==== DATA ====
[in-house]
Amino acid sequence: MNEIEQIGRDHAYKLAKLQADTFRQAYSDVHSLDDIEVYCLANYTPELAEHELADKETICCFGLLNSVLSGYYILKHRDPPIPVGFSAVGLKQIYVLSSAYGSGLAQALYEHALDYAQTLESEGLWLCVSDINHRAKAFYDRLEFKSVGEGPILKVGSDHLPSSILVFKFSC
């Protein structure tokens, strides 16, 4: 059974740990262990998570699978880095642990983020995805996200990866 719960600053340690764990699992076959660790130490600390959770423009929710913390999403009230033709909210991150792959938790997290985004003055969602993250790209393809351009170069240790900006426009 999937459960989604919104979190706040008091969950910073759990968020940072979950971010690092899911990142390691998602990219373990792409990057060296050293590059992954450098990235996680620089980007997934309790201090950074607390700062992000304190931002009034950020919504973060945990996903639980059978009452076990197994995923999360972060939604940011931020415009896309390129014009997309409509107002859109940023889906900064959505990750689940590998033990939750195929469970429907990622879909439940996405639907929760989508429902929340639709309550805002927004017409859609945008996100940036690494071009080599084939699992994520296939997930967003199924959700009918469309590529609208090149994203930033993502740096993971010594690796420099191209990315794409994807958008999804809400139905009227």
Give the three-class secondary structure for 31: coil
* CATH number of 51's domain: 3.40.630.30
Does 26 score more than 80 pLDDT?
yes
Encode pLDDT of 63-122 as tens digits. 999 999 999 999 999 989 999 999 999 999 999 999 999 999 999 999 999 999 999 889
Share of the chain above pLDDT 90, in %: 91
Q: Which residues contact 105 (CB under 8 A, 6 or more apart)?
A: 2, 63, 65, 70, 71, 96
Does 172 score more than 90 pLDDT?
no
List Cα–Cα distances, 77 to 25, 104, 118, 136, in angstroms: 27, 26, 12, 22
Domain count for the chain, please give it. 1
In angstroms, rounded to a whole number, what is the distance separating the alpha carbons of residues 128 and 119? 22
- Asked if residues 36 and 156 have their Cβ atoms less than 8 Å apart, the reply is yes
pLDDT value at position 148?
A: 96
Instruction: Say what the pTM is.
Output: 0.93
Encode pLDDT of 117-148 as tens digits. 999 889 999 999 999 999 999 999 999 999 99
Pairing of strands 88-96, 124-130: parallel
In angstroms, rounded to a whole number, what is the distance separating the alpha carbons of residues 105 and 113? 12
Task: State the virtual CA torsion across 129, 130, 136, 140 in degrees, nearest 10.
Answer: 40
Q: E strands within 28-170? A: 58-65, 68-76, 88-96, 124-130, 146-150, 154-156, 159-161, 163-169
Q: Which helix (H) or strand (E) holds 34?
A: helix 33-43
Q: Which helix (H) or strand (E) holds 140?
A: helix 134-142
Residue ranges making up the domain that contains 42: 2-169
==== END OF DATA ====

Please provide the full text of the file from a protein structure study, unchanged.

[in-house]
Amino acid sequence: MNEIEQIGRDHAYKLAKLQADTFRQAYSDVHSLDDIEVYCLANYTPELAEHELADKETICCFGLLNSVLSGYYILKHRDPPIPVGFSAVGLKQIYVLSSAYGSGLAQALYEHALDYAQTLESEGLWLCVSDINHRAKAFYDRLEFKSVGEGPILKVGSDHLPSSILVFKFSC
């Protein structure tokens, strides 16, 4: 059974740990262990998570699978880095642990983020995805996200990866 719960600053340690764990699992076959660790130490600390959770423009929710913390999403009230033709909210991150792959938790997290985004003055969602993250790209393809351009170069240790900006426009 999937459960989604919104979190706040008091969950910073759990968020940072979950971010690092899911990142390691998602990219373990792409990057060296050293590059992954450098990235996680620089980007997934309790201090950074607390700062992000304190931002009034950020919504973060945990996903639980059978009452076990197994995923999360972060939604940011931020415009896309390129014009997309409509107002859109940023889906900064959505990750689940590998033990939750195929469970429907990622879909439940996405639907929760989508429902929340639709309550805002927004017409859609945008996100940036690494071009080599084939699992994520296939997930967003199924959700009918469309590529609208090149994203930033993502740096993971010594690796420099191209990315794409994807958008999804809400139905009227």
Give the three-class secondary structure for 31: coil
* CATH number of 51's domain: 3.40.630.30
Does 26 score more than 80 pLDDT?
yes
Encode pLDDT of 63-122 as tens digits. 999 999 999 999 999 989 999 999 999 999 999 999 999 999 999 999 999 999 999 889
Share of the chain above pLDDT 90, in %: 91
Q: Which residues contact 105 (CB under 8 A, 6 or more apart)?
A: 2, 63, 65, 70, 71, 96
Does 172 score more than 90 pLDDT?
no
List Cα–Cα distances, 77 to 25, 104, 118, 136, in angstroms: 27, 26, 12, 22
Domain count for the chain, please give it. 1
In angstroms, rounded to a whole number, what is the distance separating the alpha carbons of residues 128 and 119? 22
- Asked if residues 36 and 156 have their Cβ atoms less than 8 Å apart, the reply is yes
pLDDT value at position 148?
A: 96
Instruction: Say what the pTM is.
Output: 0.93
Encode pLDDT of 117-148 as tens digits. 999 889 999 999 999 999 999 999 999 999 99
Pairing of strands 88-96, 124-130: parallel
In angstroms, rounded to a whole number, what is the distance separating the alpha carbons of residues 105 and 113? 12
Task: State the virtual CA torsion across 129, 130, 136, 140 in degrees, nearest 10.
Answer: 40
Q: E strands within 28-170? A: 58-65, 68-76, 88-96, 124-130, 146-150, 154-156, 159-161, 163-169
Q: Which helix (H) or strand (E) holds 34?
A: helix 33-43
Q: Which helix (H) or strand (E) holds 140?
A: helix 134-142
Residue ranges making up the domain that contains 42: 2-169